Even got down in the shaft at times with the pick and shovel. Masters felt foolish speaking like he did to the animal, spouting odd thoughts throughout the day, but damned if it wasn’t easy. He just knew there were notions in that creature’s mind. Thoughts of loves and hates, pasts and futures.
Everything was in them eyes, the way they looked right at him. Felt shameful to consider, but Masters often wished that bullet had gone deep enough to knock some words loose.
“’Bout time, I think,” he said, swinging a leg off the horse. Without being told, the ape grunted over and helped unload the sacks.
“How ‘bout you?”
O’Shea snuffled, cradling one of the sacks like an infant.
“Civilization? Y’all got one o’ those?” Masters untied the other sack and let it drop, to give the horse some relief. “Some ape society?”
O’Shea grunted again ‘hoo, ho-ho’ and waddled up the porch, shaking his head.
‘Ape Society.’ You’re a card, old man.
Masters led the horse to its corral around back, a horizontal post next to the outhouse and tool shack. Charity was a fine Appaloosa, quick and strong and made stronger for all her work hauling out the mine. He went in the shack for a blanket and feedbag, tying oats on and heaving the saddle off. He draped the blanket in its place and gave her a pat. Wiping his hands on his front, he took in the sunset one more time with a deep, satisfying breath.
It was just touching the top of the woods at the end of the grassy field. This, just past the creek. The woods carpeted another slope, steeper than his mine was and continued down toward town. From just above the mine, it was easy enough to see the place out there.
Copper Drop was built on the paraje Fray, the last hospitable land on the Royal Road, the Camino Real just before Jornada Basin. The Royal itself ran 1500 miles, Mexico City to Santa Fe and oh, dangers abounded. But that southern piece through the basin, 100 miles to the border, was considered the worst of it. They called it Jornada Del Muerto, or Dead Man’s Route.
A powerful hell, made worse for the fact the mountains followed you the whole way, hiding the Rio Grande behind ‘em. ‘Least ’til Fort Selden, but most were dead by then.
Powerful hell. Only seemed right a shitty minin’ burg like Copper Drop sat at the head of it.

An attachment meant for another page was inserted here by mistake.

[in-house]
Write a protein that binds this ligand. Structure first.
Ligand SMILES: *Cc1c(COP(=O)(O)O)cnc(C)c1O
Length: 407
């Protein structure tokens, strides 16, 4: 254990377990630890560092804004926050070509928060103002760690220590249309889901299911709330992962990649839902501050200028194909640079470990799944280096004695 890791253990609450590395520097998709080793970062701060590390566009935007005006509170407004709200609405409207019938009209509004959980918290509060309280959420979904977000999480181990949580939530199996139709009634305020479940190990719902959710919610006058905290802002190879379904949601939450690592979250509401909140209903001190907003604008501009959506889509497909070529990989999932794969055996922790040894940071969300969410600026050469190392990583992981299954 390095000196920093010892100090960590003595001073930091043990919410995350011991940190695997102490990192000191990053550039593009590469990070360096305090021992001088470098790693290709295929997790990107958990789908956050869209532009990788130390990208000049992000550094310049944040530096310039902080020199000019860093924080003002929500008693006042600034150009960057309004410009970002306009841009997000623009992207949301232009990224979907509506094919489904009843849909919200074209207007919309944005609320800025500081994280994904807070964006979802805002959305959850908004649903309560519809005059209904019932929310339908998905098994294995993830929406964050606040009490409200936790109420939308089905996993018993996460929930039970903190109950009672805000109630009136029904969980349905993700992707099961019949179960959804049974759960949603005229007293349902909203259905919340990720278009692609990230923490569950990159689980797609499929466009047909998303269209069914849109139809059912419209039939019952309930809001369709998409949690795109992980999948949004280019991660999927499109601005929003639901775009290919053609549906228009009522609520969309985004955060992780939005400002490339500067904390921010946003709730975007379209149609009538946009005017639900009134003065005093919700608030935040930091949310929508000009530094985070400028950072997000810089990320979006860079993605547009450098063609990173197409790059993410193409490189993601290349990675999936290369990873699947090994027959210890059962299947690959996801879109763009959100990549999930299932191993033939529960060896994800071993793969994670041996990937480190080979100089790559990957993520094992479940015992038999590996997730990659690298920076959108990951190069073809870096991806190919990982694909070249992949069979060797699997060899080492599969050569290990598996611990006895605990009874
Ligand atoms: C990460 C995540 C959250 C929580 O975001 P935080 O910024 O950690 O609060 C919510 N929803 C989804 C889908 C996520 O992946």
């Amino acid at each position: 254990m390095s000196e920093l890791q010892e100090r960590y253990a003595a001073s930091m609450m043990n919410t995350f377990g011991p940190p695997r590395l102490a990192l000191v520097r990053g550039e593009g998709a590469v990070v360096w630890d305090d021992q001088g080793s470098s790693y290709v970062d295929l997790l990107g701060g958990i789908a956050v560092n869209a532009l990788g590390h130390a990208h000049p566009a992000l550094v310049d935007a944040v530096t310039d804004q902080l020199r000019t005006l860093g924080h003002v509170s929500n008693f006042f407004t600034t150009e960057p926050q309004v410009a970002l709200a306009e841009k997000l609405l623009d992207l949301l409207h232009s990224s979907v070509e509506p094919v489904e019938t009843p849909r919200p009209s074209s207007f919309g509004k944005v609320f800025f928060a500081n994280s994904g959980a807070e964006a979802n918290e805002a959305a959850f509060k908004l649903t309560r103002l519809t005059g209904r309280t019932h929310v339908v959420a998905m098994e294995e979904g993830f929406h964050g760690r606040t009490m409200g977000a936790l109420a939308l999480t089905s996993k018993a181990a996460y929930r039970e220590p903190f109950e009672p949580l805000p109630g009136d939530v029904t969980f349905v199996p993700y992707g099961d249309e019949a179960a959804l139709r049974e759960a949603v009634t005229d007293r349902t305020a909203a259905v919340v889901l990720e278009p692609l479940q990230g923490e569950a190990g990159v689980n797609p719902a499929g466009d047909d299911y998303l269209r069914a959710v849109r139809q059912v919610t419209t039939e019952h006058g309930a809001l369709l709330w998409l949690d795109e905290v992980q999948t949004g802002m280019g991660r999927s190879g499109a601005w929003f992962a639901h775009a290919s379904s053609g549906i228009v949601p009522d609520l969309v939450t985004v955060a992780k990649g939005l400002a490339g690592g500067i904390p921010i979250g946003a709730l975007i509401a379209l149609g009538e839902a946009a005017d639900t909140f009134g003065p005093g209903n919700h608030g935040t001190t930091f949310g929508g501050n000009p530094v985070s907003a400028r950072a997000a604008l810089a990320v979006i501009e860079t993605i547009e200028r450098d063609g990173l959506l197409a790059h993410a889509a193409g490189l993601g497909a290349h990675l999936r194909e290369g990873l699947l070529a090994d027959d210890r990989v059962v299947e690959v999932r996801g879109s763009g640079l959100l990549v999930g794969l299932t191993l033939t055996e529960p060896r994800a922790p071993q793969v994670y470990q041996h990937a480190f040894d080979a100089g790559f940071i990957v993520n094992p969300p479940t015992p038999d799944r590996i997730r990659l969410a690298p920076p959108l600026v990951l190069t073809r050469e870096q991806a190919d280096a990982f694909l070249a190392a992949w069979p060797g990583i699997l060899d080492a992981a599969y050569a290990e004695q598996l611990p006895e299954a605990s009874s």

Be good to finally leave. Good to be back in the world with telephones and canned fish and that new kinda water closet. Shit, Yale gone and give some nigger a goddamn degree! Oh, they could do anything back in the world. A man met it head-on or got to runnin’. And no man ran that damn fast.
The old man sighed.
Inside, the gorilla had already pried up the loose boards and stowed their day’s take. While he sat beside the black-belly stove picking burrs from his coat, the old man set about some supper.
They chatted over it, or, Masters did, spooning stew at his little table while the ape retired to the corner. Here, he fed up on some grass and flowers from the wooden bin. O’Shea and the old man went out of a morning or night, picking flowers and thistles and tying them in bundles for the beast to eat.
The ape mostly grazed the land on his own – eating as much as he did everyday – but their picking expeditions were a way to relax. And the little bundles were like bites of food at a man’s table, when Masters was taking his own evening meal. O’Shea could use a chair and sometimes sat across, but seemed to prefer his corner.
“So, you ain’t said much,” Masters said, licking out his bowl and setting it on the shelf. He stared at the Territory map on the wall, then took up a log from beside the stove. He cleared his throat and creaked open the front to toss it in.
“So, then.”
O’Shea grunted.
“Back to town ‘fore long? No?”
The ape munched and snorted and waved a hand.
Foolishness. I can’t be among Men.
“What’s that?” Masters imitated the gesture. “You sayin’ no? Why the hell not?”
O’Shea held out his foot, that brand burned into the heel. The number 9 in peculiar script, inside a circle.
Where do you think this came from?
“Well –”
He let it go and whapped a palm over his eye, at the hole there.
And this?!
“C’mon now, not all’re bad. We’ll take it slow, maybe –”
O’Shea stood with a snarl. It wasn’t aggressive as such. Masters had never feared for himself around the gorilla. But he knew when enough was enough. He held up his hands and looked at the floor with a sigh.
“Conve’sation over.”
The gorilla stared at him.
“Don’t have to go nowhere y’don’t want.”
O’Shea snorted again.
Uh huh.
  He knuckled to the door and pushed outside.